After you've explored the reason you feel this way, ask yourself "What do I get out of holding on to this thought or belief?" Write for a good 10 minutes. Again, if you get stuck, pull a Tarot card and keep going.

The last part is to write a clear, succinct sentence or two about why you felt the way you do. Get really clear because that's the only way to rewrite it.

Which is the next step.


You fell into a funk because of a thought or a belief about what was happening in your life. If you don't want to get lost in the dark, you have to rewrite it. You have to update your programming. Feelings are symptoms of thoughts and beliefs, not the other way around. I know that seems backwards but it's true.

We feel a certain way THEN the dark thoughts come, right? But underlying the initial feeling is a subconsious thought or belief. It's hidden under the dark waters of our unconscious mind, so when the emotion surfaces like a white shark leaping out of the dark depths it can feel terrifyingly sudden, as if it came out of no where.

But sharks can't live without ocean, and your feelings can't live without thoughts. And the thoughts are what you unconvered in Step 3. Now, you're going to change those thoughts. This is an ongoing process and takes time. It might not happen overnight. But then again, I have uncovered limiting beliefs and once they saw the light of day they POOFED away like a vampire in the sun.

When that doesn't happen, we have to work at it a little bit. So here's what you do: rewrite the limiting belief or thought in a positive way that helps you instead of hurts you. I literally write these on a 3x5 index card. Limiting thought on one side, helpful thought on the other. 

Here's an example.

Limiting thought: I am afraid of failing because I will let my family down.

Helpful thought: Every time I try something new, I learn something new and build my skills. This will help me take care of my family.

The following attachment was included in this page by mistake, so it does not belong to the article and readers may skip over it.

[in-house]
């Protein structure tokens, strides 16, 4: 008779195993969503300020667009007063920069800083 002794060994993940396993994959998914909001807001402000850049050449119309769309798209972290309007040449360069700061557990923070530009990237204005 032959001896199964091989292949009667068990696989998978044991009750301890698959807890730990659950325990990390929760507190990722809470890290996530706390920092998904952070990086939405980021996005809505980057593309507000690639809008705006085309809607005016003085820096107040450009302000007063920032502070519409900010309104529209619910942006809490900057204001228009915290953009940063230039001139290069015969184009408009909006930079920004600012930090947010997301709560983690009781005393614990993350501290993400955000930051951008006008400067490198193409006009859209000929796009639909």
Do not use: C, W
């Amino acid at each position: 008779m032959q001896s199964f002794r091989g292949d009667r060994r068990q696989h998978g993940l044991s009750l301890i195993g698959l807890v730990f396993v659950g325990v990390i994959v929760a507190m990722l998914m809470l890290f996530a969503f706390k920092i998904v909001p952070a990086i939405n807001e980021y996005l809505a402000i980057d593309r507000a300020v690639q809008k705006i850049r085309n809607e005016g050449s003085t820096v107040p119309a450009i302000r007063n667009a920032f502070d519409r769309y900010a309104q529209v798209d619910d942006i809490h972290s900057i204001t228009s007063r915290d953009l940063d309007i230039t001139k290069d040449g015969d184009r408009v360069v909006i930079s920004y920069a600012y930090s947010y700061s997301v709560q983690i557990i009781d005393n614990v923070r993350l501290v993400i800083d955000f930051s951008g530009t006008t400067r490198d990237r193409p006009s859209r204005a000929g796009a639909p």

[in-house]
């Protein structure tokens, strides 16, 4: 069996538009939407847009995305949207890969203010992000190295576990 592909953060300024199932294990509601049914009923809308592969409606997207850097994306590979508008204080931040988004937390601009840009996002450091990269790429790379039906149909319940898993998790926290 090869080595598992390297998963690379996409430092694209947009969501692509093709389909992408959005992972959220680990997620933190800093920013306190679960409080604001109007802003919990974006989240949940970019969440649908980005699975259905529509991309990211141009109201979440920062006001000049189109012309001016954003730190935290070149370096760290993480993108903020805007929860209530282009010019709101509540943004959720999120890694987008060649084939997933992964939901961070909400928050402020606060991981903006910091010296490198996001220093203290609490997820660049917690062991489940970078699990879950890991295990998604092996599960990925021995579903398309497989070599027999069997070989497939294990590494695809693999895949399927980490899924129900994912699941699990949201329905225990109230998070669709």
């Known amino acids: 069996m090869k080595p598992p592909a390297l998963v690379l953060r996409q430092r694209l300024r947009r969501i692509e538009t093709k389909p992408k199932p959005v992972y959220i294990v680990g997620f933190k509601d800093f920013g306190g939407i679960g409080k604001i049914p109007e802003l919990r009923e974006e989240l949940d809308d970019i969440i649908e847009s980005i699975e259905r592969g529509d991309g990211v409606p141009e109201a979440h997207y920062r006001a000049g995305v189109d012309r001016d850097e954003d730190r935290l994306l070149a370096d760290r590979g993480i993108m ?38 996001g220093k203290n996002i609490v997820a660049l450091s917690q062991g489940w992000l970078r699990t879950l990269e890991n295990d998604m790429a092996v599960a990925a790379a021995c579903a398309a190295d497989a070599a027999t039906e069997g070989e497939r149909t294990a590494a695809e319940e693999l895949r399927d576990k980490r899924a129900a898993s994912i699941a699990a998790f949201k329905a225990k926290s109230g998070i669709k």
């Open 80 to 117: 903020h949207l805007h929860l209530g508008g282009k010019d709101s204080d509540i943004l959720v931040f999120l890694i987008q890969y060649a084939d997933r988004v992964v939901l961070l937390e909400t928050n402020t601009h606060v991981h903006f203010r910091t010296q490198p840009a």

Or whatever you would find lifts you out of the fog. 

This does take some practice. You might find you need to rewrite the helpful thought a few times before it starts to work. I carry my index card with me wherever I go. Whenever the feeling that put me in the funk starts to surface, I know my old programming has kicked in. I stop, get out my index card and flip the script to the Helpful Thought: Every time I try something new, I learn something new and build my skills. This will help me take care of my family.

ANd if you find youself in a funk again? Repeat the steps. 

Ultimately, funks are an invitation to make better choices about what you think and believe. Within the funk is the seed of opportunity to change your life for the better. You can get lost in your funk or you can get on with your funk. 

It's your choice.

 Do you want some help getting out of your funk? Are you ready to create a life you truly love by mixing spiritual practices with hardcore science and proven psychological strategies? Then join my private Facebook group The Karma Couch Connection. We're a tribe of heart-led, spirit-fed practical souls supporting each other to not only feel better, but to embrace our true Selves and live inspired lives. CLICK HERE TO REQUEST TO JOIN MY PRIVATE FACEBOOK GROUP